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Self-esteem

Self-esteem is a term in psychology to reflect a person's overall evaluation or appraisal of his or her own worth. Self-esteem encompasses beliefs (for example, "I am competent", "I am worthy") and emotions such as triumph, despair, pride and shame[1]. 'The self-concept is what we think about the self; self-esteem, the positive or negative evaluation of the self, is how we feel about it'.[2] A person’s self-concept consists of the beliefs one has about oneself, one’s self-perception, or, as Hamlyn (1983: 241) expresses it, “the picture of oneself”. Baumeister (1997) described self-concept as totally perception which people hold about him/ herself (p. 681). It is not the “facts” about one-self but rather what one believes to be true about one-self (Sarah Mercer, p. 14). Early researchers used self-concept as a descriptive construct, such as ‘I am an athlete’ (Rosenberg 1979).

Recent theories adapted self-esteem with more evaluative statements like ‘I am good at tennis’ (Harter 1996). The latter statement not only describes the self, as the individual identifies herself or himself, but evaluates the self by putting worthiness on it. Therefore, self-esteem is defined as both descriptive and evaluative self-related statements. As a social psychological construct, self-esteem is attractive because researchers have conceptualized it as an influential predictor of relevant outcomes, such as academic achievement (Marsh 1990) or exercise behavior (Hagger et al. 1998). In addition, self-esteem has also been treated as an important outcome due to its close relation with psychological well-being (Marsh 1989). Self-concept (i.e. self-esteem) is widely believed to be composed of more than just perceived competence, and this leads to the relative degree of evaluative and cognitive beliefs of the construct.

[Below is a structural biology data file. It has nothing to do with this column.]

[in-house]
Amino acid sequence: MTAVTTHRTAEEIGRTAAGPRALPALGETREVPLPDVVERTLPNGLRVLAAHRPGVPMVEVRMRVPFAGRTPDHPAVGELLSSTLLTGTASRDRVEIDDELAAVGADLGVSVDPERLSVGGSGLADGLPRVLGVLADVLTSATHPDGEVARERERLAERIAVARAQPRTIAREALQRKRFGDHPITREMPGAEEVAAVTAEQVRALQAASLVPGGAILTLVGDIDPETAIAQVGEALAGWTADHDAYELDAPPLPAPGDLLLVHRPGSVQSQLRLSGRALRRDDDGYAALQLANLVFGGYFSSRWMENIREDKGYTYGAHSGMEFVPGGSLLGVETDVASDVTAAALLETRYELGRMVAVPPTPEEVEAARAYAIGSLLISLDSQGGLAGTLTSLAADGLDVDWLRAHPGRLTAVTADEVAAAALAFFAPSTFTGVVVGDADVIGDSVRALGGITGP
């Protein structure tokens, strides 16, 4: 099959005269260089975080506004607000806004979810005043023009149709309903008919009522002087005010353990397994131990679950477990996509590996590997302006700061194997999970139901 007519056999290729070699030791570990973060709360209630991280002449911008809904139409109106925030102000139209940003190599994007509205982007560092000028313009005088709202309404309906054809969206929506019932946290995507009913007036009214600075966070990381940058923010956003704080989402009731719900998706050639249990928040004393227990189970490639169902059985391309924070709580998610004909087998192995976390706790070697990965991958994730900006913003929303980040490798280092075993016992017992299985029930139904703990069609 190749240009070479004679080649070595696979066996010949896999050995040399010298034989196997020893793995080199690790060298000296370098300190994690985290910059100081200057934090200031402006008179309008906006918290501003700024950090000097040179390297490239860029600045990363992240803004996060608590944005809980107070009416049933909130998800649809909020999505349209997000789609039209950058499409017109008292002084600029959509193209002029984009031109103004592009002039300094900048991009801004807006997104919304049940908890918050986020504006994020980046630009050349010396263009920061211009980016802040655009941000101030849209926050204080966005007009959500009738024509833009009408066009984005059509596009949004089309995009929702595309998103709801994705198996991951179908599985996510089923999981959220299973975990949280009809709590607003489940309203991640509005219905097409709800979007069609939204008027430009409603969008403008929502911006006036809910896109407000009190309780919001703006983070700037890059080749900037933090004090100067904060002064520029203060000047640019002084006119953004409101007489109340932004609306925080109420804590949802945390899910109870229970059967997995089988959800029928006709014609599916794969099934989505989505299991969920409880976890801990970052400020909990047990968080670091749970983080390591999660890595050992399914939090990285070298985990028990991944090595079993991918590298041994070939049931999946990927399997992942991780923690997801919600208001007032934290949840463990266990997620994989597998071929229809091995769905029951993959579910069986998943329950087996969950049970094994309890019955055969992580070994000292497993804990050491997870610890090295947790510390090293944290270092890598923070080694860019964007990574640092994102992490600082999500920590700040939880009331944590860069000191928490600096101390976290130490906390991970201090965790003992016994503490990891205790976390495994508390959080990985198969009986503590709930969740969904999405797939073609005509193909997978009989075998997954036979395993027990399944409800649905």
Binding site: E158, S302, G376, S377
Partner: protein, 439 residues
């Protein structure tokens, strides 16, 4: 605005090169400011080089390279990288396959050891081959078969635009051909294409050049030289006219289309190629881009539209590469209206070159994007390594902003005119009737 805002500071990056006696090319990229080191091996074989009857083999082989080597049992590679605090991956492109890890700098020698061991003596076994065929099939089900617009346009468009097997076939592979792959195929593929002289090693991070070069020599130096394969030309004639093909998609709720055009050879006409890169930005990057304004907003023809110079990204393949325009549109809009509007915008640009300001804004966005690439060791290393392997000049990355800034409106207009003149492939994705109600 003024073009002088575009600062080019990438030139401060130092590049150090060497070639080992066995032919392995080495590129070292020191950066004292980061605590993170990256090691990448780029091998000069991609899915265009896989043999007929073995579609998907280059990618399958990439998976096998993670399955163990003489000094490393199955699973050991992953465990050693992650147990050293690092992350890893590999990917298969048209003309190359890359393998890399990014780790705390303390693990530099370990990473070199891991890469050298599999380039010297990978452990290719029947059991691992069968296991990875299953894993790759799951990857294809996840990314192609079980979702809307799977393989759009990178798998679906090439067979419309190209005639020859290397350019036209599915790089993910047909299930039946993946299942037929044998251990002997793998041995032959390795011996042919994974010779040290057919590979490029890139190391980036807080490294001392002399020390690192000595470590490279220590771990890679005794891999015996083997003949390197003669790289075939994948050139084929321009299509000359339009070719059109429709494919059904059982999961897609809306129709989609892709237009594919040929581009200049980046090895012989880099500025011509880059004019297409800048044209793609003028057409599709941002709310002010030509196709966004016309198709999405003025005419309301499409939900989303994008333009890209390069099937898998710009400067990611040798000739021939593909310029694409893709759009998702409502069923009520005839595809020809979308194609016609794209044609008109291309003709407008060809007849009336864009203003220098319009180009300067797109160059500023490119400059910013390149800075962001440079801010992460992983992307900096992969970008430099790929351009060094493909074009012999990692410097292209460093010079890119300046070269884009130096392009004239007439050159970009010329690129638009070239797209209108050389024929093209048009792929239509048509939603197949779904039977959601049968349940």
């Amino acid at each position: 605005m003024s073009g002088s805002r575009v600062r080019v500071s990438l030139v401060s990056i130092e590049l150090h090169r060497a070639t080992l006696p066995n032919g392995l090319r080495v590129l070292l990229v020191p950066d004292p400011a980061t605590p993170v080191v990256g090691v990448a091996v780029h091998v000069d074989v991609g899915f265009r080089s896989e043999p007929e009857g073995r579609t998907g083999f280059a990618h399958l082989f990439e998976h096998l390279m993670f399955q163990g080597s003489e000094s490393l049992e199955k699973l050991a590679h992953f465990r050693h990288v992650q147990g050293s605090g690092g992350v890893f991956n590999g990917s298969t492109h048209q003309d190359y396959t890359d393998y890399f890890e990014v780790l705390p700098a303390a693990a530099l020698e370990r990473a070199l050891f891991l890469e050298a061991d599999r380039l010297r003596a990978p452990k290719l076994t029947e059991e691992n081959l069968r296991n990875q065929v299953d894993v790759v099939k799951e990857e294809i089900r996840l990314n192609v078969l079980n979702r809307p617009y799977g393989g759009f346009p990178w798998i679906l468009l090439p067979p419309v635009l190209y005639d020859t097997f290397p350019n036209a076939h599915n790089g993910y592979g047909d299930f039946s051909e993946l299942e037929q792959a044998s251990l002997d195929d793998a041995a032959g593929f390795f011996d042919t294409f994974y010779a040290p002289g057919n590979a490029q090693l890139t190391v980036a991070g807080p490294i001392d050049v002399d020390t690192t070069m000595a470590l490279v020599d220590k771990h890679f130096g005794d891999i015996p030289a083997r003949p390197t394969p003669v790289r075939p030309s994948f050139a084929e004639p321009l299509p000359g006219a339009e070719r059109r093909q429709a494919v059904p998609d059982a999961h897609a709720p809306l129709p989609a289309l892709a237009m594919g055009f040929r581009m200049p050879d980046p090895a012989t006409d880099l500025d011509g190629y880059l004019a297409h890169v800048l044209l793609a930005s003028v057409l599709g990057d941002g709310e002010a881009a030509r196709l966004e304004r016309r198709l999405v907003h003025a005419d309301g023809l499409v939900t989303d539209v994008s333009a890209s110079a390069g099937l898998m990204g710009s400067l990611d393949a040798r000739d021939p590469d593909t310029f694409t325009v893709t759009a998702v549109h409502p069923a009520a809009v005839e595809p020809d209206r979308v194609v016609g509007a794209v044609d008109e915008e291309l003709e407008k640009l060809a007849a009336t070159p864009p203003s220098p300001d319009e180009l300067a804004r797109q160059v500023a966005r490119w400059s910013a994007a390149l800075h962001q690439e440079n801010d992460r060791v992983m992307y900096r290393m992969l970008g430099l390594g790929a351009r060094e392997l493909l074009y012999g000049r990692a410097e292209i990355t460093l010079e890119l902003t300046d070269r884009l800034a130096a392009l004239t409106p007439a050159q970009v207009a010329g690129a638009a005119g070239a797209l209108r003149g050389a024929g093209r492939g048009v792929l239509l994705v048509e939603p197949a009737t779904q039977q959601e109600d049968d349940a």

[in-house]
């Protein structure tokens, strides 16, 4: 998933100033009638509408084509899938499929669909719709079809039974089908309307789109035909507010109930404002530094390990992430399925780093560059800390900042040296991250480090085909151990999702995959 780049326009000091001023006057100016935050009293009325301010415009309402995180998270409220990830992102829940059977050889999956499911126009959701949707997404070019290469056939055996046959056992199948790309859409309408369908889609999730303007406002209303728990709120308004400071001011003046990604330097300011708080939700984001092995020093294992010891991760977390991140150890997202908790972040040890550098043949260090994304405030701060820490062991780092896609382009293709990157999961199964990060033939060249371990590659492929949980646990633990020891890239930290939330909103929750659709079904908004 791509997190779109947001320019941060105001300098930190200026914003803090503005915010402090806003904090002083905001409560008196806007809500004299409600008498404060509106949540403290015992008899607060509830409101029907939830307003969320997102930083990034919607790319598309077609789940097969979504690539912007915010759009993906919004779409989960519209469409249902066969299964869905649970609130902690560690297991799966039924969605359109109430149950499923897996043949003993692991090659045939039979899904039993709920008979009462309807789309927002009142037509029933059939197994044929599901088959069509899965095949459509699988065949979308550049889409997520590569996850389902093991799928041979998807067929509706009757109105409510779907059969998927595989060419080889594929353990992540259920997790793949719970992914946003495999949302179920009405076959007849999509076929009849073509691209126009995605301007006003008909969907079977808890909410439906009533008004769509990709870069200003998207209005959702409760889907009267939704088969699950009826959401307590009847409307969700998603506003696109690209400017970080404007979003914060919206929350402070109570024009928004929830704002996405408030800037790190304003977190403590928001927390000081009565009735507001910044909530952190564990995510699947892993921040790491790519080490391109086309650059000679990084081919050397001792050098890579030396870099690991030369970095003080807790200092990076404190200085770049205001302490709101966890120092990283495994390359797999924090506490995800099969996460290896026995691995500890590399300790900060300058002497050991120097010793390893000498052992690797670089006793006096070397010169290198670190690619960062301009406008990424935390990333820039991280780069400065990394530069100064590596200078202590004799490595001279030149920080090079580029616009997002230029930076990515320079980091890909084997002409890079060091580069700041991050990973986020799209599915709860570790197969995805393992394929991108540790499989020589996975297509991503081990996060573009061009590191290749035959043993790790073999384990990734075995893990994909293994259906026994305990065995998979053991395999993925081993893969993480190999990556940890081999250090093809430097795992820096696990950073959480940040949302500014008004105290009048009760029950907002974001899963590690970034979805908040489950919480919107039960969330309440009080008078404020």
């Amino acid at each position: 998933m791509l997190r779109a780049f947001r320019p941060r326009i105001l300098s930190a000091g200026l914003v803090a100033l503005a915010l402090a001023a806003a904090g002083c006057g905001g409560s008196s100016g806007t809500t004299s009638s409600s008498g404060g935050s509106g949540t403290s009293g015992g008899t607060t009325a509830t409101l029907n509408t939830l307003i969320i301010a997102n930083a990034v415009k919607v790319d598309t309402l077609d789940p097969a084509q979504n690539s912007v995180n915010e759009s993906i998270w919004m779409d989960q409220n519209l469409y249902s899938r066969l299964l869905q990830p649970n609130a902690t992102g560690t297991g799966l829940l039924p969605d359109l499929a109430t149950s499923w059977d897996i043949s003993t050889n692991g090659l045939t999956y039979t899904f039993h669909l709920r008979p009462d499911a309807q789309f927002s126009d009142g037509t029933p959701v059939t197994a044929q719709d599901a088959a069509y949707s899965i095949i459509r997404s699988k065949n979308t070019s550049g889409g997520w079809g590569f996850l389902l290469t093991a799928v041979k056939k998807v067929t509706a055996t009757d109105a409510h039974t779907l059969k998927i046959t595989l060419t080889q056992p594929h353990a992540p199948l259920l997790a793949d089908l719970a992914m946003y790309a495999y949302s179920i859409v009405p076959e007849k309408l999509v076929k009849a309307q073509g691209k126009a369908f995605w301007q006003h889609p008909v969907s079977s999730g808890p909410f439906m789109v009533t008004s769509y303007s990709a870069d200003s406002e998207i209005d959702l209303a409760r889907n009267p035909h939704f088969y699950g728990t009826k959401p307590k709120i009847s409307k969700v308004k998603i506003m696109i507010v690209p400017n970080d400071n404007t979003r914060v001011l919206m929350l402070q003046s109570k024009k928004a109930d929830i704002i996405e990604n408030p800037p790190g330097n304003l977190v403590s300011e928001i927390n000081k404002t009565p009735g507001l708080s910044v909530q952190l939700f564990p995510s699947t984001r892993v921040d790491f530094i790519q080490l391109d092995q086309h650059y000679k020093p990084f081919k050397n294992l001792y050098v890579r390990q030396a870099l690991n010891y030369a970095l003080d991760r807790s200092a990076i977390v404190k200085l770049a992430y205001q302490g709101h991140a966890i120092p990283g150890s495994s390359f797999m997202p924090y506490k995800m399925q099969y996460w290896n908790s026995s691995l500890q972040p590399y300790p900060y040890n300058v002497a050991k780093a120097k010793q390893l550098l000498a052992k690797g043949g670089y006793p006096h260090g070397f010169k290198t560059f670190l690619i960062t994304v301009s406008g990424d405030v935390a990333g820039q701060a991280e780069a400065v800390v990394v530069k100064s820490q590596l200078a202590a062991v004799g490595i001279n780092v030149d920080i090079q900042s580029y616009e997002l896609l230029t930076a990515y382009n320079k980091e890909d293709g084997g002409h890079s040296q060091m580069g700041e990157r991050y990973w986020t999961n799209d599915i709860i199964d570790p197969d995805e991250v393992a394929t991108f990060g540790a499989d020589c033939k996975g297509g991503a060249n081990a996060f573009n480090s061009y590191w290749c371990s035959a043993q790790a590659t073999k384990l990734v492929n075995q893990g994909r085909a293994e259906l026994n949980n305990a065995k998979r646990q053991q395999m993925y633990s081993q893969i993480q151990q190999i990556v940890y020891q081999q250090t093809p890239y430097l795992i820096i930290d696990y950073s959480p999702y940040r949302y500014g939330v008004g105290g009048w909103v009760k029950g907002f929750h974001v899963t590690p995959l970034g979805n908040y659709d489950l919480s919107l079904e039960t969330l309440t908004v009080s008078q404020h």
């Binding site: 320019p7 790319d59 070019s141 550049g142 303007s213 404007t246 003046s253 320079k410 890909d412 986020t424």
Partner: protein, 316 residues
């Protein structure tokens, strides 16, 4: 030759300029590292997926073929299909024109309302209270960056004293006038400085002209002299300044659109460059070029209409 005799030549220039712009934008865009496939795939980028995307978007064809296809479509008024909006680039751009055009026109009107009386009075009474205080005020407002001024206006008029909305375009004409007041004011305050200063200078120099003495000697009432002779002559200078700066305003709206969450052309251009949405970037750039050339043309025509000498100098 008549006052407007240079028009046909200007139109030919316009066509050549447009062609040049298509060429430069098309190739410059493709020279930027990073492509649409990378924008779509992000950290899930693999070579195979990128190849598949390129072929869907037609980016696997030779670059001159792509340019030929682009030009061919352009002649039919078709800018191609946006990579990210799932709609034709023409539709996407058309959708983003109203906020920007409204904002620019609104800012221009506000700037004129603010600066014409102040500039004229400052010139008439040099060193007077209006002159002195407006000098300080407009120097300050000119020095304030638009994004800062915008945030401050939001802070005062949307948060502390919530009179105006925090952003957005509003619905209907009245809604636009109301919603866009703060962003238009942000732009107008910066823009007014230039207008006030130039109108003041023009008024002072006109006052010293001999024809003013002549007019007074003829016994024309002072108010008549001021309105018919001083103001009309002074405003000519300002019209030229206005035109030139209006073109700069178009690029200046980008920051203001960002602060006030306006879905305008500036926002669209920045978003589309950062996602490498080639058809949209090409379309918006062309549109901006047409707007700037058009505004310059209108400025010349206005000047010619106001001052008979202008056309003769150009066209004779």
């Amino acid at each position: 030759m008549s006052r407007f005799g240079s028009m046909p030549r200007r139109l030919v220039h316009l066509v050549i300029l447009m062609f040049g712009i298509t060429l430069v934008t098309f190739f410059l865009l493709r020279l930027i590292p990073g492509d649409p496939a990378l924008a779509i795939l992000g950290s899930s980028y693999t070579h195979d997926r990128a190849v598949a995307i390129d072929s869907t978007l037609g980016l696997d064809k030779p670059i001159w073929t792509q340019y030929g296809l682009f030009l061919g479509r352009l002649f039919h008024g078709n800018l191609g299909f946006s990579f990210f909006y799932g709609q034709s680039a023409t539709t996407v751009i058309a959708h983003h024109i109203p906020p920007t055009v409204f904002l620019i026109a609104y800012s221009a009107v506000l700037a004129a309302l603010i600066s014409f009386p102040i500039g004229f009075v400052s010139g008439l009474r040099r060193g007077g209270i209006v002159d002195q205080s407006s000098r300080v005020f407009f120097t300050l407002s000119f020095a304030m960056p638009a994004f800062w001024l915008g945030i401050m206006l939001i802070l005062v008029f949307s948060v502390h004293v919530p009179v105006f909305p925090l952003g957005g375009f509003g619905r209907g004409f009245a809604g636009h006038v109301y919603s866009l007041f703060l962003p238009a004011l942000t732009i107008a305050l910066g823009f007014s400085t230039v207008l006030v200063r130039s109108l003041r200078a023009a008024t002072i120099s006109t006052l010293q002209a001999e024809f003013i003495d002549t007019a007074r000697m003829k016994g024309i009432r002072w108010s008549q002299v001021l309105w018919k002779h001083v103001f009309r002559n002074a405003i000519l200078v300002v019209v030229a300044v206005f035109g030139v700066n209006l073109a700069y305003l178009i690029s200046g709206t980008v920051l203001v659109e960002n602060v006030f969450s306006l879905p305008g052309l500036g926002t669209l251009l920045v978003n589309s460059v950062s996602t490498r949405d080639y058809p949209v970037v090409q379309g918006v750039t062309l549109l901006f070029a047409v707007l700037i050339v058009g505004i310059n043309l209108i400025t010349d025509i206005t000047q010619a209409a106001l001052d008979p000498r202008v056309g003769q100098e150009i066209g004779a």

Self-esteem is viewed as the most evaluative and affective of the three constructs (Harter, 1999a). Overlay, self-concept is considered as the beliefs about perceived competence and self-evaluative in a specific domain.Self-esteem can apply specifically to a particular dimension (for example, "I believe I am a good writer and I feel happy about that") or have global extent (for example, "I believe I am a bad person, and feel bad about myself in general"). Psychologists[who?] usually regard self-esteem as an enduring personality characteristic ("trait" self-esteem), though normal, short-term variations ("state" self-esteem) also exist.

Synonyms or near-synonyms of self-esteem include: self-worth,[3] self-regard,[4] self-respect,[5][6] and self-integrity. According to The American Heritage Dictionary of the English Language, "self-love" is "the instinct or desire to promote one's well-being";[7] while La Rochefoucauld considered 'that amour-propre (self-regard) is the mainspring of all human activities'.[8]

Definitions
The original normal definition presents self-esteem as a ratio found by dividing one’s successes in areas of life of importance to a given individual by the failures in them or one’s “success / pretensions”.[9] Problems with this approach come from making self-esteem contingent upon success: this implies inherent instability because failure can occur at any moment.[10] In the mid 1960s, Morris Rosenberg and social-learning theorists defined self-esteem in terms of a stable sense of personal worth or worthiness.[11] Nathaniel Branden in 1969 defined self-esteem as "...the experience of being competent to cope with the basic challenges of life and being worthy of happiness". According to Branden, self-esteem is the sum of self-confidence (a feeling of personal capacity) and self-respect (a feeling of personal worth). It exists as a consequence of the implicit judgement that every person does about, on one side, his/her ability to face life's challenges, that is, to understand and solve problems, and, on the other side, his right to achieve happiness, or, in other words, to respect and defend his own interests and needs.[12] This two-factor approach, as some have also called it, provides a balanced definition that seems to be capable of dealing with limits of defining self-esteem primarily in terms of competence or worth alone.[13]